Dark Stories for Dark Times

A big bad wolf roams through the woods, looking for his next meal. The lady in red looks like an easy score, but, unexpectedly, she fights back. She’s sharp and cunning, one might even say a little wolf-like herself, and this wasn’t what the wolf signed up for. He slinks off into the darkness, pledging to find someone fleshier, softer, and easier in the future; or maybe she defeats him, transforming prey into predator and finishing the wolf off in a blaze of confidence and assertiveness. She isn’t going to let any mangy dog get the best of her.

Feminist retellings of fairytales are hardly new—the 1970s marked a sort of heyday of the period as parents read feminist adaptations to their children where the previously stiff, helpless female characters used logic and physical skills to defeat their patriarchal enemies. What goes around comes around in the publishing trade, and fairy tale adaptations are growing popular again, with a return to these 1970s roots, where stories that were often disempowering, stripping women of agency and authority, are turned on their heads to give readers a completely different perspective.

What’s also coming along with these new fairytales is something that particularly delights me: They are macabre. These are not, strictly speaking, stories for children.

Originally, many fairy tales were actually quite dark, disgusting, and unpleasant. Grimm’s Fairy Tales purported to collect traditional legends and stories, but many of them were altered in the recording, and continued to be so over the years to create sanitised stories that were considered appropriate for children. Notably, many of these stories were not intended for young listeners in the frist place, and they contained very mature elements. Discovering the true roots of these stories and restoring them is a fascinating pursuit, but so is taking the stories in an entirely new direction that includes macabre, frightening, explicit elements used in entirely different ways.

New fairytales are part of the new young adult movement, as well as being produced in books explicitly intended for adults. And they are intense and dark and scary and twisted, and I love every minute of them, because this, in my mind, is how fairytales should be. They should be frightening, because they are about facing and exploring fears, in my world. Maybe other people want to read light, nonthreatening stories, but I do not, and it seems like more and more readers agree, given the growing popularity of the genre.

Historical fairytales were laden not just with sexism but also racism and other social issues, and some of these issues have unfortunately been carried right over into the new adaptations. This genre is by no means perfect, and it’s still working out its kinks in some cases. It’s also, though, explicitly exploring subjects like rape and molestation that need to be probed at, especially for young adult readers who may be struggling with those issues in their own lives. While contemporary YA does an excellent job of this, there can be something soothing and distancing about reading them in a fairytale format, tiptoeing towards these issues rather than confronting them head on; sometimes contemporary YA is too easy to identify with, too frightening, too upsetting, and it’s hard to process.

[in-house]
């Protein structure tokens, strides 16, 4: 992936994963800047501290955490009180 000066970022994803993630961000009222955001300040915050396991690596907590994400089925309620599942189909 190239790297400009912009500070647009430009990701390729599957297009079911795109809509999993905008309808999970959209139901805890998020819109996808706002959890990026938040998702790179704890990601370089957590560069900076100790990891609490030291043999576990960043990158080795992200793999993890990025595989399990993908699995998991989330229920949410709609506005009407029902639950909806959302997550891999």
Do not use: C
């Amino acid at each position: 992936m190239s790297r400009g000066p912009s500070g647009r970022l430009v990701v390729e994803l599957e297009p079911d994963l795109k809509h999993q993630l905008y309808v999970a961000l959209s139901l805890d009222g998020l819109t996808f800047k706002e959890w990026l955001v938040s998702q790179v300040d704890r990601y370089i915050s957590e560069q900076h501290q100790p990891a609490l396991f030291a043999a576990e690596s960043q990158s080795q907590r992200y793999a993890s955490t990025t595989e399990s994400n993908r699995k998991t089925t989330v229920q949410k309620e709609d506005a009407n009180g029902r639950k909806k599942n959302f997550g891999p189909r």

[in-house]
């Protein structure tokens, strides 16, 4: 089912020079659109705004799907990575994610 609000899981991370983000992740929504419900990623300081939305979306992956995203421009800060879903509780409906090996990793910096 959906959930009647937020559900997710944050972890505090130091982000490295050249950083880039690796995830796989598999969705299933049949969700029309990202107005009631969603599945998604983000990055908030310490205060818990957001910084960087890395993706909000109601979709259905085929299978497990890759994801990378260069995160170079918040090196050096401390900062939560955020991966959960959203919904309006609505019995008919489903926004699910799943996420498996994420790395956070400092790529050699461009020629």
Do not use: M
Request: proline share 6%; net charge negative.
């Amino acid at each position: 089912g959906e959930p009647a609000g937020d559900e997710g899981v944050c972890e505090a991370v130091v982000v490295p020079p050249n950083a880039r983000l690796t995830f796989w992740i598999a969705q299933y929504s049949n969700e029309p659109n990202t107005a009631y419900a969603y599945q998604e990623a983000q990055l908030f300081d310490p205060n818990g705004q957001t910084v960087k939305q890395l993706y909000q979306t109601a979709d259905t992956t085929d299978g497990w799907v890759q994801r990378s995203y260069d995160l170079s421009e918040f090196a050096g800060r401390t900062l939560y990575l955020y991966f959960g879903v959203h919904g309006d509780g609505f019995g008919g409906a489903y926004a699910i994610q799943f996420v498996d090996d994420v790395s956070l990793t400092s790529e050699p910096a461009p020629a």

Tender Morsels is probably the standout example of the new, terrifying, explicit, mature fairytale retelling, and a lot of people feel very strongly about it. It is, in many ways, a gross book. It deals with things that are ugly and foul and it does so explicitly, and very intensely. The layers upon layers created in the book and by the characters require careful sifting and thinking, and readers tend to take away wildly different messages from the text. Not all readings are favourable, and some people feel the book is not an entry in the new generation of feminist fairytales.

I disagree, primarily because I think Tender Morsels cuts to the heart of trauma and how far people are willing to go to bury it, push through it, pretend it didn’t happen. They are willing to create entirely new worlds to avoid trauma, even if that hurts the people around them. Fairy tales have classically been viewed as a form of escapism, and I love the fairy tale buried within the tale as a character attempts to escape her past. To me, it reads as a commentary on trauma, on social perceptions of trauma, and on fairytales themselves, and I think it’s a solid and fascinating commentary.

Another recent read was Cinder, which played with the dehumanisation of Cinderella and her role as an essential slave. In this version of the tale, the titular character is a cyborg, considered a second-class citizen with fewer rights than full humans, which means she can be used and abused with minimal penalties for her stepmother and stepsisters. This is Cinderella-as-slave, but also a resourceful, determined, focused, intent Cinderella, one who attempts to solve her situation through the means at her disposal.

It’s not a book without flaws; her female ‘family’ is heavily stereotyped and there’s an implication that interest in femme things makes women frivolous and cruel. There’s also the inevitable love story, which is far less interesting to me than watching Cinderella strive for self-determination, and seeing how race, class, and cultural barriers wrap around each other in her society. This is a dark story, though not as dark as Tender Morsels, and it brings up provocative questions about domestic service and society. That’s a lot to get out of a fairytale.

This feels like the next generation of fairytale adaptations, one that scares and challenges readers while taking them to a new and far-off place.